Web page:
John Williams (b. 1932) is not only the composer of most of the biggest blockbusters of all time—including Star Wars, E.T., Jaws, the Indiana Jones films, Harry Potter, Jurassic Park and many more, many of them directed by Steven Spielberg—but he has transcended film music to become the world's most famous living composer, and an American institution. His popular symphonic scores are so iconic that they often overshadow the fact that he has been equally proficient at sophisticated, adult fare (Schindler's List, Images) and had a successful career in composing (for television and often comedy features), arranging and performing well before he even met Steven Spielberg. FSM, like most labels, will release everything it can of Williams's music, and has concentrated (for reasons of availability) on his early years as "Johnny" Williams when he was doing sterling work on relatively little-known television and films—always with an amazing attention to melody and detail. In fact, his early works are fascinating for the ways in which they foreshadow his later, world-renowned efforts. IMDB

Comments (4):Log in or register to post your own comments
How in high-holy heck did a cd with this much awesome source music and Mancini's vintage-era lounge music get past me??

I'm adding this to my list now!

Penelope is easily my favorite of "Johnny"'s swingin' 60's comedy scores...a minimum of annoying mickey-mousing and some truly lovely passages.

It has a lot of good music but also a terrible song, "the sun is grey".
Good god what an atrocious track, badly sung and the cliché 60s paradox trick lyrics. It's even worse than that song in MfU's episode "the pop art affair".


It has a lot of good music but also a terrible song, "the sun is grey".
Good god what an atrocious track, badly sung and the cliché 60s paradox trick lyrics. It's even worse than that song in MfU's episode "the pop art affair".


That song is just of its time. Sort of a time capsule. In the film it sort of fits.

Track List
Click on each musician name for more credits
For more specific musician lists for the scores on this album, go here:
Bachelor In Paradise

Leader (Conductor):
Henry Mancini, John T. Williams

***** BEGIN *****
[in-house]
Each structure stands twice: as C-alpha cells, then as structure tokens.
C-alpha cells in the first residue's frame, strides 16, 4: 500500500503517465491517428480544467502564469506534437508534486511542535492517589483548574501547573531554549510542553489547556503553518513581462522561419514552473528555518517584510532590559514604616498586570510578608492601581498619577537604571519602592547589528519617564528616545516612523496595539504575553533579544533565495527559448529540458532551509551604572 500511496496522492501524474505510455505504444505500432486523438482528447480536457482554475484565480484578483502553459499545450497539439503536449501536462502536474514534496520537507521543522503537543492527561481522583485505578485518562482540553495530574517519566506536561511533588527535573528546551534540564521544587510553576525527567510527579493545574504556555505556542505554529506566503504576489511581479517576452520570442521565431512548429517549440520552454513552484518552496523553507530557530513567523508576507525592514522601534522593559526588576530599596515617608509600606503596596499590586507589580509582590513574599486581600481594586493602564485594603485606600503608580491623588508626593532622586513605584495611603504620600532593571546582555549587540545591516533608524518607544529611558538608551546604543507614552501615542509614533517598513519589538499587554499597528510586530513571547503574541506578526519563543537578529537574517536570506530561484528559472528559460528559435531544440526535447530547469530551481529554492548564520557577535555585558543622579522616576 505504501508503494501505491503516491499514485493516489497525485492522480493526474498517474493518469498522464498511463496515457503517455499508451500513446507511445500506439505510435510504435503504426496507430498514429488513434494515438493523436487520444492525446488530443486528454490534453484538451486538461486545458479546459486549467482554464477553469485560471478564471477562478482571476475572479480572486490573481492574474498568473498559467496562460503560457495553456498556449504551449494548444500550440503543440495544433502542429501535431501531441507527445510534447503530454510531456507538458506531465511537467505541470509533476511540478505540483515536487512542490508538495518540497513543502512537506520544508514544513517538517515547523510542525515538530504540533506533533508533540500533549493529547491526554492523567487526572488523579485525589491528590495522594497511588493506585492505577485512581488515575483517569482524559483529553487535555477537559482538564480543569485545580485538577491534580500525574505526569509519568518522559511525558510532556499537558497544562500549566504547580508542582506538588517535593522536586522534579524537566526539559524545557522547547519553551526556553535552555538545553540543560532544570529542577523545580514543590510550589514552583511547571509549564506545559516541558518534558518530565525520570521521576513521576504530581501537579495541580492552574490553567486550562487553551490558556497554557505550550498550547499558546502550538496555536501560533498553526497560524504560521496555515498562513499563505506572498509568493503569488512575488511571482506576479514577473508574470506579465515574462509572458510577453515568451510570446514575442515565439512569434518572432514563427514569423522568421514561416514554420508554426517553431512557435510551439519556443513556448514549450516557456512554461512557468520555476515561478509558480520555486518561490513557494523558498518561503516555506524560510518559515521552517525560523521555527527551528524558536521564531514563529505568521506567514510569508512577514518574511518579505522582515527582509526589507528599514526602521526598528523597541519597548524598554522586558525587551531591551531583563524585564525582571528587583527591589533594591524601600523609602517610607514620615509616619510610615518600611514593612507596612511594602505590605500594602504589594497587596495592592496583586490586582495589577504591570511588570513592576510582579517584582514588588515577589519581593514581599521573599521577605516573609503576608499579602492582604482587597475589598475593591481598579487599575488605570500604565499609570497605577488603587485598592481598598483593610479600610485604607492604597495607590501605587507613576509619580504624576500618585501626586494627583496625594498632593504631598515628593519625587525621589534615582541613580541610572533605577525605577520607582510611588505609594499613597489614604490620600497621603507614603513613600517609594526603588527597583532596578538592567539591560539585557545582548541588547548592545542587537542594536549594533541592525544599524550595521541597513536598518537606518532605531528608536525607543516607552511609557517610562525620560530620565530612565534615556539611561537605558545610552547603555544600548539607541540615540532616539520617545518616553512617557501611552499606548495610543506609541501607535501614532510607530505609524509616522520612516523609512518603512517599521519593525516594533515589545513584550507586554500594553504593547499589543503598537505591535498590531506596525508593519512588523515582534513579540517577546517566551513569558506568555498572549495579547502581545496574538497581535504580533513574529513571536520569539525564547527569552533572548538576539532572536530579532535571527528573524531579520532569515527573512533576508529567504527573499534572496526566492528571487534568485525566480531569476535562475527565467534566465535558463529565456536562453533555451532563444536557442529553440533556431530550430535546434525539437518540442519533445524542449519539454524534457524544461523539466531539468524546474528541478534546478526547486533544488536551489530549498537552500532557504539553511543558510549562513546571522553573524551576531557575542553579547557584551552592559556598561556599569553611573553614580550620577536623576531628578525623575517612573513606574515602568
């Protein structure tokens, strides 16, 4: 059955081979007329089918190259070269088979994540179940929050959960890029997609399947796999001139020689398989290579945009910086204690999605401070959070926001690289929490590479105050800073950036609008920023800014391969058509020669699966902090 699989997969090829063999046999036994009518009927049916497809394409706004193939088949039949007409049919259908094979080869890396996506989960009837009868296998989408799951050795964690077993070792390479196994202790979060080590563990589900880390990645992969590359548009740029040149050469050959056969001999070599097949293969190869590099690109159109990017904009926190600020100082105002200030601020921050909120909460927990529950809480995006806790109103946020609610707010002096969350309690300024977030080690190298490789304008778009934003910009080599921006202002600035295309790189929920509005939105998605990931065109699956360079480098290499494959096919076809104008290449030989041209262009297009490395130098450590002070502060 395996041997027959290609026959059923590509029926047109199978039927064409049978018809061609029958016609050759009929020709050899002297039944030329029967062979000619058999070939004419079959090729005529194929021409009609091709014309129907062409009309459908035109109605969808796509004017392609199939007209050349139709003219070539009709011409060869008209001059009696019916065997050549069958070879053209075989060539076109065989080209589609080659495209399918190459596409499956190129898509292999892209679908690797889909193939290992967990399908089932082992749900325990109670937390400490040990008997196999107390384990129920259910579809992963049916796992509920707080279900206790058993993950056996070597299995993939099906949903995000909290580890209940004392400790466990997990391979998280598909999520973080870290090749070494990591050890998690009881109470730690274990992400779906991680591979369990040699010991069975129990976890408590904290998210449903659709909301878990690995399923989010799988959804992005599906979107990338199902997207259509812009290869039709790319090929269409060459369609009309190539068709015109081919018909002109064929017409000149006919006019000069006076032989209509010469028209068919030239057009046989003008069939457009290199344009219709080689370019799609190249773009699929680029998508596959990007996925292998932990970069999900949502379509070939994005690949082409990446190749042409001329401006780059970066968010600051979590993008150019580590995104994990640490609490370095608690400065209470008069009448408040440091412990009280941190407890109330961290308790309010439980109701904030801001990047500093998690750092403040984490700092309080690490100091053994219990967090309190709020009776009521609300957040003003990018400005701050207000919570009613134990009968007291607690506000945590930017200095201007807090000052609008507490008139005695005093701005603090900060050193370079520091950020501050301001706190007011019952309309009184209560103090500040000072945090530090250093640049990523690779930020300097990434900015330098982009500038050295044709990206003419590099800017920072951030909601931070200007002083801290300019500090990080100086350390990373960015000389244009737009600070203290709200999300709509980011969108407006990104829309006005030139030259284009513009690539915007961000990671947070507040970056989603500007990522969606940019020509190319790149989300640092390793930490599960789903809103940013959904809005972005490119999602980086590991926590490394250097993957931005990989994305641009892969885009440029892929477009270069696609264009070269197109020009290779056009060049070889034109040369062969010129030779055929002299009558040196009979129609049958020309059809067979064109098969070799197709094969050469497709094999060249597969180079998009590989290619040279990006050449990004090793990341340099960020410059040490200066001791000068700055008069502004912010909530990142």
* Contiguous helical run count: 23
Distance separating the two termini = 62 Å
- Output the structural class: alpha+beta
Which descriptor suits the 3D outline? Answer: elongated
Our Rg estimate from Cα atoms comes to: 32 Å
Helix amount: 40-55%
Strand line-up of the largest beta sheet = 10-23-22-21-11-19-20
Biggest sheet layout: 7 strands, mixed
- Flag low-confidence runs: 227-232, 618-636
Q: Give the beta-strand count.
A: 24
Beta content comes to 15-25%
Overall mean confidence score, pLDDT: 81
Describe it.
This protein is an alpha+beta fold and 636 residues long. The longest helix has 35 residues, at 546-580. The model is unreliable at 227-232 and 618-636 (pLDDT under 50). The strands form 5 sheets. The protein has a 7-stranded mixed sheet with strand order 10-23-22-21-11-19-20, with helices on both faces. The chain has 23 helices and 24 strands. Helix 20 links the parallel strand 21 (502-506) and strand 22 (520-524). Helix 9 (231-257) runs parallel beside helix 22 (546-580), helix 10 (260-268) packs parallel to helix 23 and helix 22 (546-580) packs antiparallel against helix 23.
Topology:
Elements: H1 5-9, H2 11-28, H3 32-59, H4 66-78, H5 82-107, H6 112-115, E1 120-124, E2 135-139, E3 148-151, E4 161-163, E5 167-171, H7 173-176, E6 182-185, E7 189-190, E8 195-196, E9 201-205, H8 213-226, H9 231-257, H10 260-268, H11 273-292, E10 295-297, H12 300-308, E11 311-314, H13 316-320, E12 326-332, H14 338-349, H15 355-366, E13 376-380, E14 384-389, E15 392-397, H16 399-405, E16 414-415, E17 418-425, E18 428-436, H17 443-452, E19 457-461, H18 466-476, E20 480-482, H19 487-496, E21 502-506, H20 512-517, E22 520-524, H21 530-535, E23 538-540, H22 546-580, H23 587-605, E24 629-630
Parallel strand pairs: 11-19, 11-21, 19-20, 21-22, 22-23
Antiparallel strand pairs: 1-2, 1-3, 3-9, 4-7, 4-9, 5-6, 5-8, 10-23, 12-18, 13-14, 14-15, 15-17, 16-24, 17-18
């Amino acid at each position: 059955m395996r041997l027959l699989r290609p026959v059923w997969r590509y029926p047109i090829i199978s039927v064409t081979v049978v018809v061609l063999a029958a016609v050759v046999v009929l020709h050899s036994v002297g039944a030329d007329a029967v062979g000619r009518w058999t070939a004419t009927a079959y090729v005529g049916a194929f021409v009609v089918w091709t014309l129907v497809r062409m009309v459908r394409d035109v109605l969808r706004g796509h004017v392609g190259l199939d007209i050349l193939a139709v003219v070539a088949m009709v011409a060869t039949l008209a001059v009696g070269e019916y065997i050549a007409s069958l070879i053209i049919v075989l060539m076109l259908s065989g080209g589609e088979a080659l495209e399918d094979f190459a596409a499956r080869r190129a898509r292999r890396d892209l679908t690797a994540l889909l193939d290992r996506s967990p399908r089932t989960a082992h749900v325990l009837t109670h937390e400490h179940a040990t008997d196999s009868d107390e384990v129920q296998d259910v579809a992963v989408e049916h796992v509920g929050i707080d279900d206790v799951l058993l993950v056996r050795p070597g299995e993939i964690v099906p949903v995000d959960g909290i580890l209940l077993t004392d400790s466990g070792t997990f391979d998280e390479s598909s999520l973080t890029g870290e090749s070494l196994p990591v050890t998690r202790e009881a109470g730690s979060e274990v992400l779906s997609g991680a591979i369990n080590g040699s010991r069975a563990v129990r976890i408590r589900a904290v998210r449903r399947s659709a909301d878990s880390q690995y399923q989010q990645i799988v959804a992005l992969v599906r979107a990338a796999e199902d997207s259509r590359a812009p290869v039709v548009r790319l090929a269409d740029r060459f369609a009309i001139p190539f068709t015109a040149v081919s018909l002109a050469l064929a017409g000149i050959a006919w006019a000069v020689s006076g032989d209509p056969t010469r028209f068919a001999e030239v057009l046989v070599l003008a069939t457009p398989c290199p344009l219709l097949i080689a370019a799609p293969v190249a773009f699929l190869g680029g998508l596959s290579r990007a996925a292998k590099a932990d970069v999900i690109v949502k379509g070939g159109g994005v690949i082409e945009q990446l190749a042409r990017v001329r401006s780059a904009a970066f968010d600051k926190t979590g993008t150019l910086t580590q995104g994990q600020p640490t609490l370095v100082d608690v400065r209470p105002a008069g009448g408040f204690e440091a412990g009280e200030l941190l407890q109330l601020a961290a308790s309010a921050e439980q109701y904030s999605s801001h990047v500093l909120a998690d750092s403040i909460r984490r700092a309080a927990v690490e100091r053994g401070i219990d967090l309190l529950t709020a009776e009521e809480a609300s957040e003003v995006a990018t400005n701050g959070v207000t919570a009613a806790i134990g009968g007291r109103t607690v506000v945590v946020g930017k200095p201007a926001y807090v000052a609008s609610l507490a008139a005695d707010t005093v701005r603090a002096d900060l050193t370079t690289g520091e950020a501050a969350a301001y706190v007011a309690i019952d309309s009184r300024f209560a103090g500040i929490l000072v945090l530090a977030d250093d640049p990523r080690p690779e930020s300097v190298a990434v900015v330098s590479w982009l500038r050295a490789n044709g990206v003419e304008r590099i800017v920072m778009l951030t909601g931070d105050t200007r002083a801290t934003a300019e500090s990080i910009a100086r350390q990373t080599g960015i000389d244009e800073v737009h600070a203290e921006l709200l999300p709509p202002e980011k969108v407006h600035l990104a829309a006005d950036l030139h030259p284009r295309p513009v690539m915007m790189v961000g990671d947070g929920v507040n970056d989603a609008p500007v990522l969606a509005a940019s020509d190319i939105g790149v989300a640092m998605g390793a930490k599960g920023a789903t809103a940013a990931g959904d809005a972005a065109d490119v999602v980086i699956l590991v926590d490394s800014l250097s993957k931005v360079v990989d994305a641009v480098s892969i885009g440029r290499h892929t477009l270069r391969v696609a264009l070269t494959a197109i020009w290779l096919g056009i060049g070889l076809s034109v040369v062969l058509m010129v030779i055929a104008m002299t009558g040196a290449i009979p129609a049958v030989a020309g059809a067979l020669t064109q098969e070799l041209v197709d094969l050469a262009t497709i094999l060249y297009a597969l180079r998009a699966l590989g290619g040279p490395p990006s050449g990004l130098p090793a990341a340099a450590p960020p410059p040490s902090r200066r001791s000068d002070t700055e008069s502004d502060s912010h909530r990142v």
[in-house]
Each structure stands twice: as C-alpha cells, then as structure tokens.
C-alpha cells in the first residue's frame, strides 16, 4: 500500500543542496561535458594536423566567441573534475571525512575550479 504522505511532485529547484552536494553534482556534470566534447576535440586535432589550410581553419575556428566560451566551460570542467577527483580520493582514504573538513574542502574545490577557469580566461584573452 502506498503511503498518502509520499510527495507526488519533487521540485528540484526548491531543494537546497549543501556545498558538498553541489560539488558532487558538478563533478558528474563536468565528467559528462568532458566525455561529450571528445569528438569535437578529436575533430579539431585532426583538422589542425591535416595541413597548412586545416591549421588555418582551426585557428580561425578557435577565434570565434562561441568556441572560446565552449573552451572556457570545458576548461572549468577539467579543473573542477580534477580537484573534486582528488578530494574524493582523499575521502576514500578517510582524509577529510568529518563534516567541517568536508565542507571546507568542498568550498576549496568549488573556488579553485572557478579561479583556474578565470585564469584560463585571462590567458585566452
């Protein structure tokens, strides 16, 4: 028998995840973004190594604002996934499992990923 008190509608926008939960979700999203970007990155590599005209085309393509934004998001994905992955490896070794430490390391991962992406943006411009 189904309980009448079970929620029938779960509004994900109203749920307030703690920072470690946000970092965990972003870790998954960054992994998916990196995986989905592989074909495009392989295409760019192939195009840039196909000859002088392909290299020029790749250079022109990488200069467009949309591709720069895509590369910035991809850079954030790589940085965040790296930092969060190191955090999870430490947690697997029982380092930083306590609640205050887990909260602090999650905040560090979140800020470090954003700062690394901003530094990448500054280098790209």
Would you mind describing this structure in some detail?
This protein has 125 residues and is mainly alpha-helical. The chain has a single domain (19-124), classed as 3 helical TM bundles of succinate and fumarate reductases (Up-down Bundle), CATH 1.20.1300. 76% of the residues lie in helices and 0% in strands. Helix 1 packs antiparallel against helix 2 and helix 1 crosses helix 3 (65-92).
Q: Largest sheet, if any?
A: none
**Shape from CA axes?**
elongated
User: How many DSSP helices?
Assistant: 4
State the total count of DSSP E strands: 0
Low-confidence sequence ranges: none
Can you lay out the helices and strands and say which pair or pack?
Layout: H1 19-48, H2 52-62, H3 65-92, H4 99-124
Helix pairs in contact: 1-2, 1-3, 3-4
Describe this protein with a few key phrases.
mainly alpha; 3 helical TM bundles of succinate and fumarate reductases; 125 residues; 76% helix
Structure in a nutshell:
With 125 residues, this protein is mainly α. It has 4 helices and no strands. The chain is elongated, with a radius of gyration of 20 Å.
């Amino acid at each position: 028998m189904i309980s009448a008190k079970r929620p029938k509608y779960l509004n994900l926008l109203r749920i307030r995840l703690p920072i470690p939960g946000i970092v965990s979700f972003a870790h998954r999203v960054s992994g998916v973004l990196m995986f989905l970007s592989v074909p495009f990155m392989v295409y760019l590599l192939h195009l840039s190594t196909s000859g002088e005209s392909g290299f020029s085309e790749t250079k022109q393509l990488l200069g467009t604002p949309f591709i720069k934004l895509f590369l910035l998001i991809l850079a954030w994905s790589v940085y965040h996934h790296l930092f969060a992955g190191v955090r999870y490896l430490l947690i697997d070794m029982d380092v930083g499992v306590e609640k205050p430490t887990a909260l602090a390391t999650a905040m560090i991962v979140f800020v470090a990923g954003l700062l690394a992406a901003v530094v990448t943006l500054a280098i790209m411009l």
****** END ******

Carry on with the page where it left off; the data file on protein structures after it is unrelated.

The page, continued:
Harry Bluestone, Samuel Cytron, Kurt Dieterle, Sam Freed, Jr., Mort Herbert, Arnold T. Jurasky, Anatol Kaminsky, Nathan Kaproff, Jerome Kasin, Murray Kellner, Bernard Kundell, Alfred Lustgarten, Joy Lyle (Sharp), Lisa Minghetti, Emanuel Moss, Erno Neufeld, Irving Prager, Lou Raderman, Sally Raderman (aka Sarah Kreindler), Ambrose Russo, Albert Saparoff, Felix Slatkin, Dorothy M. Wade (Sushel), Heimann Weinstine, Walter S. Wiemeyer

Cecil Figelski, Stanley Harris, Allan Harshman, Virginia Majewski, Reuben Marcus, Robert Ostrowsky

Alexander Borisoff, Justin DiTullio, Raphael "Ray" Kramer, Lucien Laporte, Michel Penha, W. Przybyla, Frederick R. Seykora, Eleanor Slatkin, Gloria Strassner

James H. Bryant, Roland Bundock, Keith "Red" Mitchell, Joseph Mondragon

Ronald Langinger (aka Ronny Lang), Ted Nash, Sylvia Ruderman, C. E. "Bud" Shank

Gene Cipriano, Arnold Koblentz

Gus Bivona, Don Lodice (Logiudice), Hugo Raimondi

Lloyd Hildebrand

French Horn:
John W. "Jack" Cave, Herman Lebow, Arthur Maebe, Jr.

Conte Candoli, W. Pete Candoli, Uan Rasey, Joe Triscari, Raymond Triscari, Rubin Zarchy, James C. Zito

Karl Dekarske, Randall Miller, Richard "Dick" Nash, Richard Noel, Barrett O'Hara, James Priddy, Sr., Bill Williams (aka George Davenport)

Artie Kane, James G. Rowles

Robert F. Bain, Roland S. Ball, Joseph Robert Gibbons, Alton R. "Al" Hendrickson, Howard Roberts, Thomas "Tommy" Tedesco

Catherine Gotthoffer (Johnk)

Carl Fortina

Larry Bunker, Frank L. Carlson, Frank J. Flynn, Milton Holland, Sheldon "Shelly" Manne, Jerry D. Williams

James H. Bryant, Albert Woodbury

Orchestra Manager:
James C. Whelan

Louis M. Behm, Gene Bren, Maurice Gerson, Donald J. Midgley, Edward E. Ocnoff, Barrett O'Hara, Richard Petrie, Fred Sternberg, Harry Taylor, Bill Williams (aka George Davenport)

Assistant Librarian:
Theodore E. Bergren